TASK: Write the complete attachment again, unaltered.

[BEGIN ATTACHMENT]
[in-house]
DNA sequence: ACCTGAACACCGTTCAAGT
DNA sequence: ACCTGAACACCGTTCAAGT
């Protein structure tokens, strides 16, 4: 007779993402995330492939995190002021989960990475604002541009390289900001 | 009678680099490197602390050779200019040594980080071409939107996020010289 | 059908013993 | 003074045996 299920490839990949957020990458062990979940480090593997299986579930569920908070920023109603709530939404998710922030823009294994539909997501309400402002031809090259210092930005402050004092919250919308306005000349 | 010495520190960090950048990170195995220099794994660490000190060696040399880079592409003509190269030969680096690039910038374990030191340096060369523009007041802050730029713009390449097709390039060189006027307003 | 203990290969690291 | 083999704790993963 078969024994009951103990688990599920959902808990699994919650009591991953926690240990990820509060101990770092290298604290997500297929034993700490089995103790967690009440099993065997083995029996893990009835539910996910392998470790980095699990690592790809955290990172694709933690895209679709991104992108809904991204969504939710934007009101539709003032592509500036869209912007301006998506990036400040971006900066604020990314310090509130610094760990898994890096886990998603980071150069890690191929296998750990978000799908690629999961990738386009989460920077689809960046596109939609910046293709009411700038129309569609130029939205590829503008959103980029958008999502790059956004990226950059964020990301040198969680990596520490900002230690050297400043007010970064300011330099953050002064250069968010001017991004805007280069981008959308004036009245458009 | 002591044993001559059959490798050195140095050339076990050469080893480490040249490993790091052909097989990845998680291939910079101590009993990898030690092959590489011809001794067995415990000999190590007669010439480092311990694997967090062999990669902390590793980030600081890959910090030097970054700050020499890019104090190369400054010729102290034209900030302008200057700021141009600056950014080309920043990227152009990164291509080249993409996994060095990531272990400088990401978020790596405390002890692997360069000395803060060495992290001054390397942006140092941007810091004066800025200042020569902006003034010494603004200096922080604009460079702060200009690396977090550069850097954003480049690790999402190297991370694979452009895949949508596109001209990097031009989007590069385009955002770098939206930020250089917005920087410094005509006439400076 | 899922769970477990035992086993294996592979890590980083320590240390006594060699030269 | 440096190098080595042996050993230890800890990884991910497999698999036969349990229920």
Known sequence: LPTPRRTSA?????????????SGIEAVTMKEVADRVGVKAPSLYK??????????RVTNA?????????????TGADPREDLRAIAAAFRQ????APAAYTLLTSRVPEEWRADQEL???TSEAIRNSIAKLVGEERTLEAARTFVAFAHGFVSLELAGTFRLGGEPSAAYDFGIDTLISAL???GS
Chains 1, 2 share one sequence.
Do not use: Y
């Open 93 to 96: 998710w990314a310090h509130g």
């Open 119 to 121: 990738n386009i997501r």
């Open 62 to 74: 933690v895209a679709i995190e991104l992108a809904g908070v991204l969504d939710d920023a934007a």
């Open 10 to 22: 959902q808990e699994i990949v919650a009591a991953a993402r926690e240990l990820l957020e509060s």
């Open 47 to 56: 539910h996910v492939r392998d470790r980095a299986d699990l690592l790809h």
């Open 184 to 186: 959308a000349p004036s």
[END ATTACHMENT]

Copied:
[in-house]
DNA sequence: ACCTGAACACCGTTCAAGT
DNA sequence: ACCTGAACACCGTTCAAGT
């Protein structure tokens, strides 16, 4: 007779993402995330492939995190002021989960990475604002541009390289900001 | 009678680099490197602390050779200019040594980080071409939107996020010289 | 059908013993 | 003074045996 299920490839990949957020990458062990979940480090593997299986579930569920908070920023109603709530939404998710922030823009294994539909997501309400402002031809090259210092930005402050004092919250919308306005000349 | 010495520190960090950048990170195995220099794994660490000190060696040399880079592409003509190269030969680096690039910038374990030191340096060369523009007041802050730029713009390449097709390039060189006027307003 | 203990290969690291 | 083999704790993963 078969024994009951103990688990599920959902808990699994919650009591991953926690240990990820509060101990770092290298604290997500297929034993700490089995103790967690009440099993065997083995029996893990009835539910996910392998470790980095699990690592790809955290990172694709933690895209679709991104992108809904991204969504939710934007009101539709003032592509500036869209912007301006998506990036400040971006900066604020990314310090509130610094760990898994890096886990998603980071150069890690191929296998750990978000799908690629999961990738386009989460920077689809960046596109939609910046293709009411700038129309569609130029939205590829503008959103980029958008999502790059956004990226950059964020990301040198969680990596520490900002230690050297400043007010970064300011330099953050002064250069968010001017991004805007280069981008959308004036009245458009 | 002591044993001559059959490798050195140095050339076990050469080893480490040249490993790091052909097989990845998680291939910079101590009993990898030690092959590489011809001794067995415990000999190590007669010439480092311990694997967090062999990669902390590793980030600081890959910090030097970054700050020499890019104090190369400054010729102290034209900030302008200057700021141009600056950014080309920043990227152009990164291509080249993409996994060095990531272990400088990401978020790596405390002890692997360069000395803060060495992290001054390397942006140092941007810091004066800025200042020569902006003034010494603004200096922080604009460079702060200009690396977090550069850097954003480049690790999402190297991370694979452009895949949508596109001209990097031009989007590069385009955002770098939206930020250089917005920087410094005509006439400076 | 899922769970477990035992086993294996592979890590980083320590240390006594060699030269 | 440096190098080595042996050993230890800890990884991910497999698999036969349990229920």
Known sequence: LPTPRRTSA?????????????SGIEAVTMKEVADRVGVKAPSLYK??????????RVTNA?????????????TGADPREDLRAIAAAFRQ????APAAYTLLTSRVPEEWRADQEL???TSEAIRNSIAKLVGEERTLEAARTFVAFAHGFVSLELAGTFRLGGEPSAAYDFGIDTLISAL???GS
Chains 1, 2 share one sequence.
Do not use: Y
């Open 93 to 96: 998710w990314a310090h509130g």
């Open 119 to 121: 990738n386009i997501r």
């Open 62 to 74: 933690v895209a679709i995190e991104l992108a809904g908070v991204l969504d939710d920023a934007a």
């Open 10 to 22: 959902q808990e699994i990949v919650a009591a991953a993402r926690e240990l990820l957020e509060s």
């Open 47 to 56: 539910h996910v492939r392998d470790r980095a299986d699990l690592l790809h």
């Open 184 to 186: 959308a000349p004036s």